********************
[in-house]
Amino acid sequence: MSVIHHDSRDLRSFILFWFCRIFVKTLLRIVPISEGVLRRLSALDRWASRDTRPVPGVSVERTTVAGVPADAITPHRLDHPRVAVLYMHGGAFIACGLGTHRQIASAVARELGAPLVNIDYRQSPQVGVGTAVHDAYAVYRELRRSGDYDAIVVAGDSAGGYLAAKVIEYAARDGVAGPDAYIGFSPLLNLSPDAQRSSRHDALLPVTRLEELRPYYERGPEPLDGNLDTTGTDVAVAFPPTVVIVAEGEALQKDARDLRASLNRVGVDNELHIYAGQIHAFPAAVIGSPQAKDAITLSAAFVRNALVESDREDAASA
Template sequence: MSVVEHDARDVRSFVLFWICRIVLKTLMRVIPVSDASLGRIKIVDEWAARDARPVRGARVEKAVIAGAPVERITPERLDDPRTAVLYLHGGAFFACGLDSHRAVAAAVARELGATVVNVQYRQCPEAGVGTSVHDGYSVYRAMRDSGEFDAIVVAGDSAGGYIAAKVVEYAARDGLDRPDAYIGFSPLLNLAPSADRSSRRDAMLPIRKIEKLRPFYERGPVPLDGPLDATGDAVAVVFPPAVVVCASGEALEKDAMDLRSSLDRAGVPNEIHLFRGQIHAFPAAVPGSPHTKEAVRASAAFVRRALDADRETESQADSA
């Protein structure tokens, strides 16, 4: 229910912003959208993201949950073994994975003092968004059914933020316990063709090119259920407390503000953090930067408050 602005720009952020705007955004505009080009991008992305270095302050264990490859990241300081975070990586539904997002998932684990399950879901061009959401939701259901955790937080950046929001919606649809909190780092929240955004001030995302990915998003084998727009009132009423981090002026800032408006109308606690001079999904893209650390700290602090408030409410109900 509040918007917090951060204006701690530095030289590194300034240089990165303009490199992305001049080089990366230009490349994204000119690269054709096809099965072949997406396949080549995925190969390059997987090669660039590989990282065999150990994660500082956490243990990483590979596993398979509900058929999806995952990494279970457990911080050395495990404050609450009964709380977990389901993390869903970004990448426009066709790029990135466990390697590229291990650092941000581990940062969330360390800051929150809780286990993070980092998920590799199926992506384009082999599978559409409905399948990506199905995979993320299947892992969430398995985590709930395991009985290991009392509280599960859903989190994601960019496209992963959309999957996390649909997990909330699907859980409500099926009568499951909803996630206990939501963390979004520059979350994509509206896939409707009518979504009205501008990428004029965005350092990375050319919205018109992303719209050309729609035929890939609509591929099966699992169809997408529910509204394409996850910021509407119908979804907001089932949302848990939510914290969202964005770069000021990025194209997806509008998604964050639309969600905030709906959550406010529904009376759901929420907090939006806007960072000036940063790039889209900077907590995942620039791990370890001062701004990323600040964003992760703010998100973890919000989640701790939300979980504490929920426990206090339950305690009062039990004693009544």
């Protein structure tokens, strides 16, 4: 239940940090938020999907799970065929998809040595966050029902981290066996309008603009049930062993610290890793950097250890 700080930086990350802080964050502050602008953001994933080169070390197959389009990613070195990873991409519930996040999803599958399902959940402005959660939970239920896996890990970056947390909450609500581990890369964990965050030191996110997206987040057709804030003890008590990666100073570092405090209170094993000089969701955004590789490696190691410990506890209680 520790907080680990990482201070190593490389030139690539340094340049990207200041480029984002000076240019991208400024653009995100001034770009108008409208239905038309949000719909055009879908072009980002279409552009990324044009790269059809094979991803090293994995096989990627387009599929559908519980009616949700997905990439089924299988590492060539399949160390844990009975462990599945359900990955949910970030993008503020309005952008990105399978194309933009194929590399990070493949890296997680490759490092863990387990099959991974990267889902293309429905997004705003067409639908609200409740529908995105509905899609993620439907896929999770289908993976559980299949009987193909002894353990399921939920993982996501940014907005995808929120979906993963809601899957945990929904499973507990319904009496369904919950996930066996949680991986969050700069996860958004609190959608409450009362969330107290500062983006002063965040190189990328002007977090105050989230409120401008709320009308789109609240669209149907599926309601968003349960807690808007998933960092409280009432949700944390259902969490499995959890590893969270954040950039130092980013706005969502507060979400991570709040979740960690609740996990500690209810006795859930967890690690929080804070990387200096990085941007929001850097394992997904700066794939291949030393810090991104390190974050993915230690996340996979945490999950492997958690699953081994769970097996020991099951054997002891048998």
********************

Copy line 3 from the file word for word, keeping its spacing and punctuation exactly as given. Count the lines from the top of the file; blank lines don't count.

Template sequence: MSVVEHDARDVRSFVLFWICRIVLKTLMRVIPVSDASLGRIKIVDEWAARDARPVRGARVEKAVIAGAPVERITPERLDDPRTAVLYLHGGAFFACGLDSHRAVAAAVARELGATVVNVQYRQCPEAGVGTSVHDGYSVYRAMRDSGEFDAIVVAGDSAGGYIAAKVVEYAARDGLDRPDAYIGFSPLLNLAPSADRSSRRDAMLPIRKIEKLRPFYERGPVPLDGPLDATGDAVAVVFPPAVVVCASGEALEKDAMDLRSSLDRAGVPNEIHLFRGQIHAFPAAVPGSPHTKEAVRASAAFVRRALDADRETESQADSA